Ever since the emergence of digital, much has been written and discussed about bridging the social/mobile and traditional marketing divide by getting a handle on Big Data and ultimately having the ability to understand and respond to consumers' ever-changing needs and behaviors.
Companies that have successfully built that bridge used to be something of a fairytale...until recently. At last week's 2013 Chief Marketing Officer Leadership Forum in New York, marketing executives from an array of industries shared their digital best practices and examples of how the role of the CMO is changing.
Benjamin Karsch, CMO of Cigna Corporation, described his company's change management initiatives that helped to move the organization in the same direction of focusing on customer centricity and learning from voice of the customer feedback across the enterprise. "Clicks and likes are good, but you have to pull the thread all the way through to earnings," he advised.
Cheryl Guerin, senior vice president and group head of U.S. Marketing at Mastercard Worldwide, described some of the company's most recent digital, social, and cross-channel campaigns. One of Mastercard's "Priceless" campaigns created a game for baseball fans to play by hiding Yankee's stadium seats throughout Manhattan in partnership with Facebook Places. Fans who found the chairs and checked-in via Facebook Places became eligible to win prizes. Guerin discussed the strategy behind deploying a hyper-local approach to marketing: "We look at the data and determine the partners that make the most sense," she said.
TD Bank is also making efforts to create messaging and engagement strategies that are hyper local. CMO Vinoo Vijay described how when customers are online, the company analyzes their IP addresses to find nearby branches or "stores" and serves up banners or videos featuring the managers from those stores. "Know how the bank connects to consumers' narratives," he said. "Tell the narrative continuously across all customer influences."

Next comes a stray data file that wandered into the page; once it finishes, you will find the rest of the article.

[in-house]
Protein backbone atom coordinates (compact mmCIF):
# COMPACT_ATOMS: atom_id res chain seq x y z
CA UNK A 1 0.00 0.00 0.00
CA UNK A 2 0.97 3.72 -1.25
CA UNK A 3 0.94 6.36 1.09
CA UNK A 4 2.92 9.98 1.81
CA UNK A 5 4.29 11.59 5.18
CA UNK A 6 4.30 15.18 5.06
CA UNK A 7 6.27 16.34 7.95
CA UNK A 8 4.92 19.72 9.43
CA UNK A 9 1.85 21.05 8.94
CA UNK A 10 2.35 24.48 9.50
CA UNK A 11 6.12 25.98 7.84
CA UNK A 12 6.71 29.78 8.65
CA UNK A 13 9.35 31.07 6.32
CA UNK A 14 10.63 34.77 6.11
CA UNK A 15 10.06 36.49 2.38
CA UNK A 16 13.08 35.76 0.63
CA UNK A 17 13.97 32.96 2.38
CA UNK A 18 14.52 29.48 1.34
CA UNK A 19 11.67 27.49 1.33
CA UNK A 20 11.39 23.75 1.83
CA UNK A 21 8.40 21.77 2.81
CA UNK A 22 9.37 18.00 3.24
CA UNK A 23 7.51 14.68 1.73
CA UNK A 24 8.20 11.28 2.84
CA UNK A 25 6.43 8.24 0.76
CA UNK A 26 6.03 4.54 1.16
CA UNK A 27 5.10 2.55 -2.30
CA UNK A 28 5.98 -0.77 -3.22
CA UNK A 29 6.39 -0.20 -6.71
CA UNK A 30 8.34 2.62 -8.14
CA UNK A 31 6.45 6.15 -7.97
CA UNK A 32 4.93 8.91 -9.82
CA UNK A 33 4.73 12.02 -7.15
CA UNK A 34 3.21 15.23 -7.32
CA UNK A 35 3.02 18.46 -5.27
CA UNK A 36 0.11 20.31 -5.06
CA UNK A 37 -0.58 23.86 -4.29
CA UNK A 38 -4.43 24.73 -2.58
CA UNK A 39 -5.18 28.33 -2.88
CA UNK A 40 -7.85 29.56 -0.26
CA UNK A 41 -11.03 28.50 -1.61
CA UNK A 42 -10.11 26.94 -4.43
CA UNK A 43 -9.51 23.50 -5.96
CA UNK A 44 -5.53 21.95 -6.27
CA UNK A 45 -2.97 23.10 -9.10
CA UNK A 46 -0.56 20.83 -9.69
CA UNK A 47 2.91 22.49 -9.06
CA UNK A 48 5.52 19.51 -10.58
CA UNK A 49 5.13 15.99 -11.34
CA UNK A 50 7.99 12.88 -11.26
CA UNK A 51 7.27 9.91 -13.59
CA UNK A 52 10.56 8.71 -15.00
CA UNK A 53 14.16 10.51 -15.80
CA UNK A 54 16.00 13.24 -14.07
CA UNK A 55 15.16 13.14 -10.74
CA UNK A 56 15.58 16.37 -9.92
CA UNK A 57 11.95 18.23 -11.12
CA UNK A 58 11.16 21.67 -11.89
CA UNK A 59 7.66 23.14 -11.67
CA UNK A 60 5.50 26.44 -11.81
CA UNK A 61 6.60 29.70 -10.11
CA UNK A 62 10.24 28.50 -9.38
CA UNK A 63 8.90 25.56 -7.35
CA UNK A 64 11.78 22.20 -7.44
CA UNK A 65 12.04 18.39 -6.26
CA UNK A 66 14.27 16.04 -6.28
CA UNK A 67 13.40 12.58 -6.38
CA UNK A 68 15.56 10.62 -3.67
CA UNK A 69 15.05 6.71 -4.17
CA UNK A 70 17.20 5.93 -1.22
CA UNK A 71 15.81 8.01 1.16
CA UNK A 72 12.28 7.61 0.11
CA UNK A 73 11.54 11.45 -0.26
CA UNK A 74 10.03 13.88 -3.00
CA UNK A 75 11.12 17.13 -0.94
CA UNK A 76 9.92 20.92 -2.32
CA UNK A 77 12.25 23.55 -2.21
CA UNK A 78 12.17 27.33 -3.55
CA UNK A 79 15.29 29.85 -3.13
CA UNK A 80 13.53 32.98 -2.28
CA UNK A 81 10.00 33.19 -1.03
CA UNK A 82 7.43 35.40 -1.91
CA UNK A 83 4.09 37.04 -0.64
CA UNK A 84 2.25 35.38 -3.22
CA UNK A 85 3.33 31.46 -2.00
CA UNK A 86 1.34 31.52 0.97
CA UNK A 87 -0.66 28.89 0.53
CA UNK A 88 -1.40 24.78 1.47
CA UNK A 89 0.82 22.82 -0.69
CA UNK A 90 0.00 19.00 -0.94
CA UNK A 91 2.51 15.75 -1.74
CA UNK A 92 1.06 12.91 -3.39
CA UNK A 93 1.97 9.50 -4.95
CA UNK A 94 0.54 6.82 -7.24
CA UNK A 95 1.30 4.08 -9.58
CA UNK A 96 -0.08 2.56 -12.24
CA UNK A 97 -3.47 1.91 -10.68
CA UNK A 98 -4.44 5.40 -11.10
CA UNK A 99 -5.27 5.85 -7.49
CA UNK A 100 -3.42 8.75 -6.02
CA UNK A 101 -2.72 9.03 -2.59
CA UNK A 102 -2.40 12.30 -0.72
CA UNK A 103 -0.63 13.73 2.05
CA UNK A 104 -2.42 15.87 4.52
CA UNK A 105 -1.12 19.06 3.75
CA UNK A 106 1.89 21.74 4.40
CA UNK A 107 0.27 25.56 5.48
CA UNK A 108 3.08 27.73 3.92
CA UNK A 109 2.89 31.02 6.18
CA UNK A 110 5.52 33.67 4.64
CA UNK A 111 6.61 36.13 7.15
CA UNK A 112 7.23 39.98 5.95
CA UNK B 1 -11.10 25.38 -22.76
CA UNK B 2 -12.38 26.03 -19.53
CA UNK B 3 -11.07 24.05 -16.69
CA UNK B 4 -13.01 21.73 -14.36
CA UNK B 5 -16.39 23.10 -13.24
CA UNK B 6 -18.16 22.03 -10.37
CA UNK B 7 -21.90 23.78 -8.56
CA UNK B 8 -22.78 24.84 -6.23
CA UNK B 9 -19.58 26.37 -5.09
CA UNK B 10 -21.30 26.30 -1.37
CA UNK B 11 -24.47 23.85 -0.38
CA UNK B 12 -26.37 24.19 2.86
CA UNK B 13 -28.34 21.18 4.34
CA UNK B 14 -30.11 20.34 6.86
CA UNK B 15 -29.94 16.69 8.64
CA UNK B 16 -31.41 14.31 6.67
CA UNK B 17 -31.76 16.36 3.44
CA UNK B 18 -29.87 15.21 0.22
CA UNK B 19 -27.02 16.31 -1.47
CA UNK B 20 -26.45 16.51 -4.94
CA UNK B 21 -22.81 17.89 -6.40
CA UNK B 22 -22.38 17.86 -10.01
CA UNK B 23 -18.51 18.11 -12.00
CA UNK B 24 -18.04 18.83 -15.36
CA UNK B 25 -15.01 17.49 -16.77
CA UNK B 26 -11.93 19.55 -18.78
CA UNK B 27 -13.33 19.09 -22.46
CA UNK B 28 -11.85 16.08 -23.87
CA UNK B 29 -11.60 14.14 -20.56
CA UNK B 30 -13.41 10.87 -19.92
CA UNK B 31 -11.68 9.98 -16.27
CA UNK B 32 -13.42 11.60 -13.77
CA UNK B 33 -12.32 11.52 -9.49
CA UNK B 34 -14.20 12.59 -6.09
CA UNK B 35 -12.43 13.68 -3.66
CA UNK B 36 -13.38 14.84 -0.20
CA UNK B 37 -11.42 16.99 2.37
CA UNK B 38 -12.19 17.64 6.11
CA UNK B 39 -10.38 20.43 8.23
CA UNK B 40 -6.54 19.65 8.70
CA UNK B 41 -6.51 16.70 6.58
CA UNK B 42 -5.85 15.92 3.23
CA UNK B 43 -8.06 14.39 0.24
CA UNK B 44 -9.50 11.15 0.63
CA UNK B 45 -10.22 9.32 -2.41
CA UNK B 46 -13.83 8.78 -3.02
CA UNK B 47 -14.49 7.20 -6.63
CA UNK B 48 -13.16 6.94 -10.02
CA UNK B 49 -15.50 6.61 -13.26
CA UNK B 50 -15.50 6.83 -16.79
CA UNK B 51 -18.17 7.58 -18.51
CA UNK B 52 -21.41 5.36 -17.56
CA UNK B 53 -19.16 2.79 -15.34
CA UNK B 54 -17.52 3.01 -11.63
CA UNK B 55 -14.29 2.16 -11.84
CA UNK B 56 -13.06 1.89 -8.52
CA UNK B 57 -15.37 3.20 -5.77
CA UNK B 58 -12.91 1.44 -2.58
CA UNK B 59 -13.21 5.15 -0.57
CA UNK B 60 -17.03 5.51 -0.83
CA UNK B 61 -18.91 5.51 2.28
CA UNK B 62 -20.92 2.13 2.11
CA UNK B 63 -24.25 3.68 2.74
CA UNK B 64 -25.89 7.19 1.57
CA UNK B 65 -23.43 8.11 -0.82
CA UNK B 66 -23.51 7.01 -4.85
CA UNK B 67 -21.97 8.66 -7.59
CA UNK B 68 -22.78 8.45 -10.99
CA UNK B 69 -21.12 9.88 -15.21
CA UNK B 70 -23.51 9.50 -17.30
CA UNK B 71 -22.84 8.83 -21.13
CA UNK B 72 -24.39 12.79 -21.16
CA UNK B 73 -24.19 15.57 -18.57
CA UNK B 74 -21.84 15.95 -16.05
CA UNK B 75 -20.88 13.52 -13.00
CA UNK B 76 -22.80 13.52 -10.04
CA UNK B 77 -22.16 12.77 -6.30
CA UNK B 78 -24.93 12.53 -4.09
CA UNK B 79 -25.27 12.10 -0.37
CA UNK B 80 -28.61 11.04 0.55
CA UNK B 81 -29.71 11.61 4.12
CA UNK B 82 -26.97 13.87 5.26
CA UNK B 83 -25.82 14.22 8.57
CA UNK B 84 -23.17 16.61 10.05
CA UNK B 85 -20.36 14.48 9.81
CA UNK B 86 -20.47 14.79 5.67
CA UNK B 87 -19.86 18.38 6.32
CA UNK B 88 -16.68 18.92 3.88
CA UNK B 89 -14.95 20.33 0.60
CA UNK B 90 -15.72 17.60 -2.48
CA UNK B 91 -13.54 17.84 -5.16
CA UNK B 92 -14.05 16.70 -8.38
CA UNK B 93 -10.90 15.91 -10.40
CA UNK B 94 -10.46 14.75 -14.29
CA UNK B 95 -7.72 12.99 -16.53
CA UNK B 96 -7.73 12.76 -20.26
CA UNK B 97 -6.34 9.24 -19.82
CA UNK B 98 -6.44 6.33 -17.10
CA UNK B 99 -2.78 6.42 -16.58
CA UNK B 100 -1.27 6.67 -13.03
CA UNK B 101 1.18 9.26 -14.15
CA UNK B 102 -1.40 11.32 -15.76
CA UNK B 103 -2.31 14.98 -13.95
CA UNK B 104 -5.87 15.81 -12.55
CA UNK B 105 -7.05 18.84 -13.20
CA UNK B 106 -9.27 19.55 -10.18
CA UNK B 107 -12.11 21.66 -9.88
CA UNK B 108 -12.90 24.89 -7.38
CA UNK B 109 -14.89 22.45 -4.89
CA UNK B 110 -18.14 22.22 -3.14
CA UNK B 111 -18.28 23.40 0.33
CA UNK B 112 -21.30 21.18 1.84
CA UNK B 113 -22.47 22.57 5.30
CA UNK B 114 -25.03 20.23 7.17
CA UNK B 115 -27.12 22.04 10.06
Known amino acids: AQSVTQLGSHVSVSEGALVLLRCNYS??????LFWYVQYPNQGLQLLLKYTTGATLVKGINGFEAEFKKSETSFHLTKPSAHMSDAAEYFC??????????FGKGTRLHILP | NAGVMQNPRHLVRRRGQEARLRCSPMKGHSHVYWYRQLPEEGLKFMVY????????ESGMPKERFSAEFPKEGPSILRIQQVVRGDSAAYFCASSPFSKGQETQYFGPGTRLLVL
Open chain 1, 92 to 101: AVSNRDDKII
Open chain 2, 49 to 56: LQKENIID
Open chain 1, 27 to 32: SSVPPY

Angela Tribelli, CMO of HarperCollins Publishers, said the emerging digital channels provide a whole new set of rich customer behaviors. "It's about finding out what the customer wants and tweaking the messaging to the medium," she said. "Focus on where people are discovering your content."
Saks Fifth Avenue is evolving with the digital customer by working behind the scenes to bridge marketing and IT. Denise Incandela, executive vice president and CMO of the company, said the trend in marketing is to move from the right brain to the left brain. While traditional campaigns still have their place, Incandela said that she ensures their marketers also know geo-targeting, display, and mobile. "Your best friend is the CIO," she told the audience. "It's very important to integrate the online experience, enabling the customer to get across and lure her with content into the stores."
Finally, at Panasonic North America, evolving to digital meant changing the mindset internally. Betty Noonan, senior vice president of marketing, said Panasonic had employed classic marketers with traditional skills so she had to force change. "I wanted to ability to leverage digital technologies to track ROI and get immediate results," she explained. "Changing the people was the biggest change."